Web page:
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Monograph documents life and career of Kresge Eminent Artist Marie Woo


“Wonder and Flow,” a lushly illustrated monograph on the life and career of ceramicist, scholar and educator Marie Woo, the 2020 Kresge Eminent Artist, is now available for download. Print copies can be requested here while supplies last.

Woo is the 12th artist to receive the award for a lifetime of contributions to his or her chosen art form and the cultural communities of metro Detroit. The honor includes a $50,000 no-strings-attached award and the creation of the monograph by The Kresge Foundation.

Kresge President Rip Rapson, in launching the monograph during a virtual presentation on Friday, put Woo’s art in the context of the COVID-19 pandemic and the Black Lives Matter protests following the killing of George Floyd.

“The centered patience, the clarity, the life force in Marie Woo’s work is, in its own way, art of the moment,” said Rapson. He went on to describe Woo as an artist who “grounds our sense of beauty, connects to the past, connects us to the earth, and expands our sense of what is possible for the future.”

The artist with Scarab Club Executive Director MaryAnn Wilkinson during a recent video taping for the opening of “Marie Woo: Clay Quest.”

Friday’s virtual presentation combined the launch of the monograph with the official opening of “Marie Woo: Clay Quest,” at Detroit’s Scarab Club, a venerable city institution of more than a hundred years. The 30-piece retrospective of Woo’s 70-year career ranges from traditional vessel forms to sculptures, wall hangings and an installation in which video is projected onto a massive wall-mounted ceramic serving as a screen. It also includes examples of Chinese folk pottery Woo has collected, a major area of her scholarship.

MaryAnn Wilkinson, Scarab Club executive director, describes the show as “a small retrospective of a great body of work.”

“Her elegant and subtle ceramics question the traditional functional nature of pottery through her own constantly evolving artistic language,” Wilkinson writes on the Scarab website.

A spread from “Wonder and Flow.”

The exhibition is open to the public through Nov. 14.

At 112 pages, “Wonder and Flow” is the most thorough documentation of Woo’s work to date.

Created by editor Nichole Christian and art director Patrick Barber in partnership with Kresge’s Communications Department, the monograph includes an overview of Woo’s life and career, tributes from fellow ceramicists, an intimate reflection by Woo’s daughter (Leslie Raymond), and an essay by Woo recounting her travels to China to document and preserve vanishing folk pottery traditions.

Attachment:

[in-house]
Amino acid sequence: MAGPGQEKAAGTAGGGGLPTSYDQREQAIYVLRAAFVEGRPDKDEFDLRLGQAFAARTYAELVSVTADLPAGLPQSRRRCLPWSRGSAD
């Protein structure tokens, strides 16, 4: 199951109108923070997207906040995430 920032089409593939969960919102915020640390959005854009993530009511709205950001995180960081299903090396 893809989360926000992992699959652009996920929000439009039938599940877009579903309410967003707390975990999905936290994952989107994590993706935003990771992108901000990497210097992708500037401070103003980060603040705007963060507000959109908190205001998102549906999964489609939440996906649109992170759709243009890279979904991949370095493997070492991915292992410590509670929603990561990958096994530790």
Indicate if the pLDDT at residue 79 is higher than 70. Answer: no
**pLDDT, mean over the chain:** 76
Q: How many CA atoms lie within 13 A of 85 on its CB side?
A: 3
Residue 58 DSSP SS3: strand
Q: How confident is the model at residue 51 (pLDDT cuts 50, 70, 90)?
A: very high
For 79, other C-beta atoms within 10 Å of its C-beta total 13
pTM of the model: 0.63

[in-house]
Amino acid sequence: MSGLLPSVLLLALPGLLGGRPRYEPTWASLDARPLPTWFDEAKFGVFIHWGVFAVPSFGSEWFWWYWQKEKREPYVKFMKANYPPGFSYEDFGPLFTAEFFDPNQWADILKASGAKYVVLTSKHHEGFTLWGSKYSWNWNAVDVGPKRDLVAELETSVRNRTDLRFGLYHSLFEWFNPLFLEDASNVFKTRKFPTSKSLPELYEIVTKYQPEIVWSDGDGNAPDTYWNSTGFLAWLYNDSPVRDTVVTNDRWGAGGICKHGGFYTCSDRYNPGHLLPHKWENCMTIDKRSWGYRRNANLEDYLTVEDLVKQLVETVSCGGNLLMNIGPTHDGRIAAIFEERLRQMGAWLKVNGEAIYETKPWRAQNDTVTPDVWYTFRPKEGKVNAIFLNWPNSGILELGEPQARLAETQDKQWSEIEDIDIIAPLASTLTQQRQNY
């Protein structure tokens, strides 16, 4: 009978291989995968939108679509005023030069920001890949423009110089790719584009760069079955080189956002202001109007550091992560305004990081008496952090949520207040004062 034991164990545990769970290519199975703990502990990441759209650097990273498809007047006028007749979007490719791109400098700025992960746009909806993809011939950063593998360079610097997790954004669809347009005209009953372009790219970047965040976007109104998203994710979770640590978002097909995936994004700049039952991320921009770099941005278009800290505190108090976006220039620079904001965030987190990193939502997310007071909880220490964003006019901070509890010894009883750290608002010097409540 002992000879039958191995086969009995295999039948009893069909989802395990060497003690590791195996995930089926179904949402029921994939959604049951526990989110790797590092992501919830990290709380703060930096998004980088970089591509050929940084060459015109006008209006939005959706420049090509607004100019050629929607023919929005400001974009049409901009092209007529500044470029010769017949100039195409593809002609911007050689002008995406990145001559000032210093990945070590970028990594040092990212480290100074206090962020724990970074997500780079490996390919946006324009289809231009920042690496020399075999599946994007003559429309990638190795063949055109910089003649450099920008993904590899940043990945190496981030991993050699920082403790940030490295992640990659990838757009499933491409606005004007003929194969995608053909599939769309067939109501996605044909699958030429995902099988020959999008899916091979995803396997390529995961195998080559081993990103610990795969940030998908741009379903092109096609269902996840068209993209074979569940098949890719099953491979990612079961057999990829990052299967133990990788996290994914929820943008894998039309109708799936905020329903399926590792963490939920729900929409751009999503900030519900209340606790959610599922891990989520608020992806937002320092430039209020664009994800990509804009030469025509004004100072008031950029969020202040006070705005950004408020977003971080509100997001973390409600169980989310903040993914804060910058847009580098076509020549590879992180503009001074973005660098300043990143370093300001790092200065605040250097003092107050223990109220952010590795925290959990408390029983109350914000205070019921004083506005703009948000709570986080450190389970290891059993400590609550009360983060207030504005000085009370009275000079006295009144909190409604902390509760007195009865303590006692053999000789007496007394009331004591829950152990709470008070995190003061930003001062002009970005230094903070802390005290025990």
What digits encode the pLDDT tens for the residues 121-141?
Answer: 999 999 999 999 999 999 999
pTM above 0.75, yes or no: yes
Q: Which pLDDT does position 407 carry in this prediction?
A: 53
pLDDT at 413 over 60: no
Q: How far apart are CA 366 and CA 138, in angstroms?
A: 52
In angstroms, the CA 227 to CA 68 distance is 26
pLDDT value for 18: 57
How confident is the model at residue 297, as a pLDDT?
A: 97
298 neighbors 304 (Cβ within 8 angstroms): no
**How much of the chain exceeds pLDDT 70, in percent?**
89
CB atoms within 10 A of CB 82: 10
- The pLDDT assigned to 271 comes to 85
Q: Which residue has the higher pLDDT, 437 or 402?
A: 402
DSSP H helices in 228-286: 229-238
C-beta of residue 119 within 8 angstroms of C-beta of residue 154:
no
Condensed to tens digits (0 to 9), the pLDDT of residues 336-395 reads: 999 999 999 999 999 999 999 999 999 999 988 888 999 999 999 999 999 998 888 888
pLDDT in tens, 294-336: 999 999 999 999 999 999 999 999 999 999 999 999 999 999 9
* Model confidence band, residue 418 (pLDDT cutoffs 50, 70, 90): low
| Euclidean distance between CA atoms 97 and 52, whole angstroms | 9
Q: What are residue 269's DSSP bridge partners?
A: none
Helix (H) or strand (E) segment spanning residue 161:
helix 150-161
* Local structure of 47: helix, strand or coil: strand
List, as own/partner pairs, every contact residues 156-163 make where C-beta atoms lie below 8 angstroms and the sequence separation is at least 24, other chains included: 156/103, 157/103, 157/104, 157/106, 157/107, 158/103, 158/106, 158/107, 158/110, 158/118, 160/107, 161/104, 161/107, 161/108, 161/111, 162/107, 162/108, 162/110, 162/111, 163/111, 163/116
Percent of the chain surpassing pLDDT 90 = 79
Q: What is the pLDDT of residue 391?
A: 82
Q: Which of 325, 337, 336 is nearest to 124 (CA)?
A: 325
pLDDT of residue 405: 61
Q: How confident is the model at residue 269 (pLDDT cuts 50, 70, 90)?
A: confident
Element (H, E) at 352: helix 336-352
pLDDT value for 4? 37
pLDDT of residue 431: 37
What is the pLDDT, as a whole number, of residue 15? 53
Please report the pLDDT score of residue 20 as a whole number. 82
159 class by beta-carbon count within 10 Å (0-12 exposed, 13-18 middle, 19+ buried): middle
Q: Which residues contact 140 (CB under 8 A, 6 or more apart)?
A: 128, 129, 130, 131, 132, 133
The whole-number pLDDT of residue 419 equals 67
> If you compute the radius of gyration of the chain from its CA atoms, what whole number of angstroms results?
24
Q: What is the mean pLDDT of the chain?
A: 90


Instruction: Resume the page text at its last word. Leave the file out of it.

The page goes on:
This untitled piece, informally referred to as “stacked plates,” is in both the monograph and the exhibit.

The monograph also displays dozens of examples of Woo’s ceramics, photos with her family and fellow artists, and photos of her research travels to China.

Describing Woo’s work in her lead essay, Christian writes:

Woo’s creations — pots, bowls, elegant circular sculptural objects, and wall pieces — are so fiercely guided by intuition that most defy description, including her own. Some say there is a spirit, or at least a spiritual feeling, alive in her touch, a transmission of vitality hidden in her fingers sent straight from her heart. … She is a lifelong artist who insists “I never thought of making a lifetime of work. I just kept my hands in the clay. Everything is an experiment.” Yet few experimenters have reaped the wellspring of satisfaction and list of rewards that Woo’s work has garnered. Woo started her journey into clay in the 1950s. Decades later she is hailed as a respected educator, researcher, curator, glaze alchemist and Chinese folk pottery preservationist.

Christian says that the challenge of the book was to reflect the experience of interacting with Woo.

“I found myself walking away from my first conversation with this sense of wonder … and it never left,” said Christian.